Despite having a 7-5 record, the DLSU Green Archers has often found itself sitting in the hot seat because of its players’ up-and-down free throw shooting.
Free throws are considered as one of the most basic shots in basketball, and ironically, it is one of the most important. Sinking free throws is the easiest way to win a game. By concept, a player just has to make a basket without any interference. In practice, it is an entirely different story—it is a mind game.
Green Archers Head Coach Gee Abanilla explained his team’s approach in handling free throws. He said, “We devote a lot of time for free throws. It’s something that the players have to handle on their own and it’s mental. The moment you get fouled, you go to the free throw line, a lot of things can happen, a lot of things can be thought of and being young players, they get affected.”
Examining the charts
Statistically, La Salle shoots an average of 60 percent from the charity stripe in 12 games, connecting 164 out of 275 attempts from the line.
Luigi Dela Paz is the team’s top foul shooter. He has an 86 percent clip, while Yutien Andrada and L.A. Revilla both shoot an above average rate of 77 percent. But despite the three’s great shooting stats, the team does not get much from them in terms of free throw points because they do not take regular trips to the line.
Jeron Teng leads the team in the number of free throws attempted. Teng has attempted 81 shots while Norbert Torres comes in at second with 36 trips. Teng also leads the team in the number of free throws sunk; he has pitched in 48 shots, 28 shots above Torres’ 20 strikes.
In the first round, the Archers achieved its best free throw shooting percentage against Ateneo. The team managed a 75 percent shooting record, connecting 15 out of 20 shots while the squad’s worst shooting percentage from the foul line is the team’s game against the UE Warriors. The Archers scrapped in a measly 40 percent free throw shooting record.
Going into the second round, the Archers exhibited an impressive 82.4 percent free throw shooting against the Growling Tigers, drilling in 14 out of 17 shots. So far, the team’s lackluster shooting clip is its 42.9 percent record in the team’s second round, 62-72, loss against the NU Bulldogs.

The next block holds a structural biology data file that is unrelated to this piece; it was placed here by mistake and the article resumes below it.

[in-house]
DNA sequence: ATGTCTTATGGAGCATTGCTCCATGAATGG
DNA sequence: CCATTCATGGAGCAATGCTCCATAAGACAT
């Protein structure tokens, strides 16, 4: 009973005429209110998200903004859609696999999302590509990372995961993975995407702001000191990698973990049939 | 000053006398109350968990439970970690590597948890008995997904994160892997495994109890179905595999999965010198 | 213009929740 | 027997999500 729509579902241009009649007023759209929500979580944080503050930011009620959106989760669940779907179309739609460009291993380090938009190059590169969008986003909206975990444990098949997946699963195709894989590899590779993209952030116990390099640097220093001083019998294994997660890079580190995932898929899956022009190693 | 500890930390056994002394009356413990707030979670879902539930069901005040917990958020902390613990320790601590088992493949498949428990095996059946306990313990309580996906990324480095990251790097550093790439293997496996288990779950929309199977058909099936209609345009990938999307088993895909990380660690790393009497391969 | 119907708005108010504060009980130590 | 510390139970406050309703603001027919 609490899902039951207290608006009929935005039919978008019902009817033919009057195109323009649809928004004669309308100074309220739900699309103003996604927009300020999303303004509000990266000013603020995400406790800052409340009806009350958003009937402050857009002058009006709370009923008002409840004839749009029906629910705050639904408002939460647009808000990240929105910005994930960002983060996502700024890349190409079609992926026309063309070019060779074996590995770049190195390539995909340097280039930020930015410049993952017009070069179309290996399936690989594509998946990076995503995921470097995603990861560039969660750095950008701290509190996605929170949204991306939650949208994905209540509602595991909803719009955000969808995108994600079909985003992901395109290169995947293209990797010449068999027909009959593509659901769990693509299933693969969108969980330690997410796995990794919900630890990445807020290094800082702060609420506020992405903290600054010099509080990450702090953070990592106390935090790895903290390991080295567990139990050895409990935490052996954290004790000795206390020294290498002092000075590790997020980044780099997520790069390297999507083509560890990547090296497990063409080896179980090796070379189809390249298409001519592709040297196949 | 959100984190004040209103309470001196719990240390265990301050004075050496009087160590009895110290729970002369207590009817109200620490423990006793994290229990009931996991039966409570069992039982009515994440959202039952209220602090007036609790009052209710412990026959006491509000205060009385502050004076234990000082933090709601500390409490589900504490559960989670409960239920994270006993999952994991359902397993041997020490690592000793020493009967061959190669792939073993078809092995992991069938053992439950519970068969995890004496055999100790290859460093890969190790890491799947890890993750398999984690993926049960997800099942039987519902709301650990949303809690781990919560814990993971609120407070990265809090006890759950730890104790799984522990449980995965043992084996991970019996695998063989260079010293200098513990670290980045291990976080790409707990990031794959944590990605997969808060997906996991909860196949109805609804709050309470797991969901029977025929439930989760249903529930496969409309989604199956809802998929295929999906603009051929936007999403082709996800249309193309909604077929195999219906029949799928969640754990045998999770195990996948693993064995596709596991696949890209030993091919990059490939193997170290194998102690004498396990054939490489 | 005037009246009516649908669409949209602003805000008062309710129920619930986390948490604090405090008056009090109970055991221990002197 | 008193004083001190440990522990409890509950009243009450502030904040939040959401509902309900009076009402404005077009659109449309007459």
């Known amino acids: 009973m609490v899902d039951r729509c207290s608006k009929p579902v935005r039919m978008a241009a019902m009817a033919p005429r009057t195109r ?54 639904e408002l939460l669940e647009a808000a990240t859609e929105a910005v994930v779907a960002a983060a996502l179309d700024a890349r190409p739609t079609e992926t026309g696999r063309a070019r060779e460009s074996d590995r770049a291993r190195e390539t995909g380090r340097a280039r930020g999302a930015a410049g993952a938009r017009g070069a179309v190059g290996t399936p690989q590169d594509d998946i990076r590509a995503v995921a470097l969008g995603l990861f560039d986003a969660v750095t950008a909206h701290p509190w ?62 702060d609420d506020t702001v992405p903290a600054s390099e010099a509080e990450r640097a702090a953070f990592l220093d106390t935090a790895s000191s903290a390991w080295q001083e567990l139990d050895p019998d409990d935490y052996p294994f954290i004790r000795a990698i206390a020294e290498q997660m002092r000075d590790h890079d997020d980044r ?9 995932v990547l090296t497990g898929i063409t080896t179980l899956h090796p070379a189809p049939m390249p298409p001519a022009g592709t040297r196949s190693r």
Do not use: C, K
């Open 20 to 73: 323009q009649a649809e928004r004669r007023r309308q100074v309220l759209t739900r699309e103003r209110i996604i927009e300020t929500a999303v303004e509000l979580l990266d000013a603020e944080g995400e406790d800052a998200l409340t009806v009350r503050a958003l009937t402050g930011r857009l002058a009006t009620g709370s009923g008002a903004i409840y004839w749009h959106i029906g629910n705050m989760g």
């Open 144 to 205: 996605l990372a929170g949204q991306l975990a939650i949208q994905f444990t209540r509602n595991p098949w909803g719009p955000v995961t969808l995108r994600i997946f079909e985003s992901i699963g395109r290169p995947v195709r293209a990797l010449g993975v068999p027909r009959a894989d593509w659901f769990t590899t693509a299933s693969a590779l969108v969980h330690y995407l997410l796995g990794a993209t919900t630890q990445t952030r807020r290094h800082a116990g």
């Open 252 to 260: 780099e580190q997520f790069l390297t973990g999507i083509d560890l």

Roller coaster scenarios
In the Archers’ last FilOil Preseason Cup bid, the team shot an average of 64 percent from the foul line; the UAAP games have been very different.
In the earlier parts of the season, the Archers struggled to get over the mind battle in shooting free throws especially in pressure-packed situations.
The Archers suffered painfully because of the team’s lack of free throw shooting prowess especially during the encounters with UST and FEU. Despite the team’s 53 and 51 percent free throw shooting record against the two aforementioned teams respectively, the Archers suffered a couple of two-point losses.
Perhaps the most painful free throw glitch is the team’s double-overtime drama against the Growling Tigers. With under a minute left in the second extra period, Teng clanked four attempts that could have saved the team.
Head Coach Gee Abanilla emphasized the importance of focusing on shooting freebies especially under pressure.
He added, “When I say more of mental, one way that we handle it is, let’s say you get fouled, stick to your ritual, rather than having your mind explore other things. So ritual, mental toughness, we stress that and just doing the objective.”
Revealing the remedy
The coaching staff furthered that focus and mindset training would address the low free throw shooting percentages since most of the players have good fundamentals.
“It’s more of competing with yourself mentally. We always say to our boys that you have to learn to control your mind or else your mind will control you,” said Coach Abanilla.
Abanilla also explained that the team is always under pressure especially during crunch time, giving the players the jitters.
The players, since the start of the season, have been working on their free throws during practice sessions, but training results sometimes have not materialized in the games.
Coach Gee thinks that his guys must learn to channel in their focus to achieve steady results from the foul line.
Setting the trajectory
The Green-and-White players are fundamentally strong, but have shown psychological weakness especially during the heated minutes of the game.
“There is no defect for me, no major defect in their technique because they can shoot in practice. So it’s all mental,” shared Abanilla
Since the team’s disappointing 33.3 percent free throw shooting against Adamson, the Abanilla-mentored squad has undergone the proper training, and now shoots an impressive 67 percent in the team’s last four games.
With the Archer’s resurgence at the foul line, look for better plays and fewer two-point losses.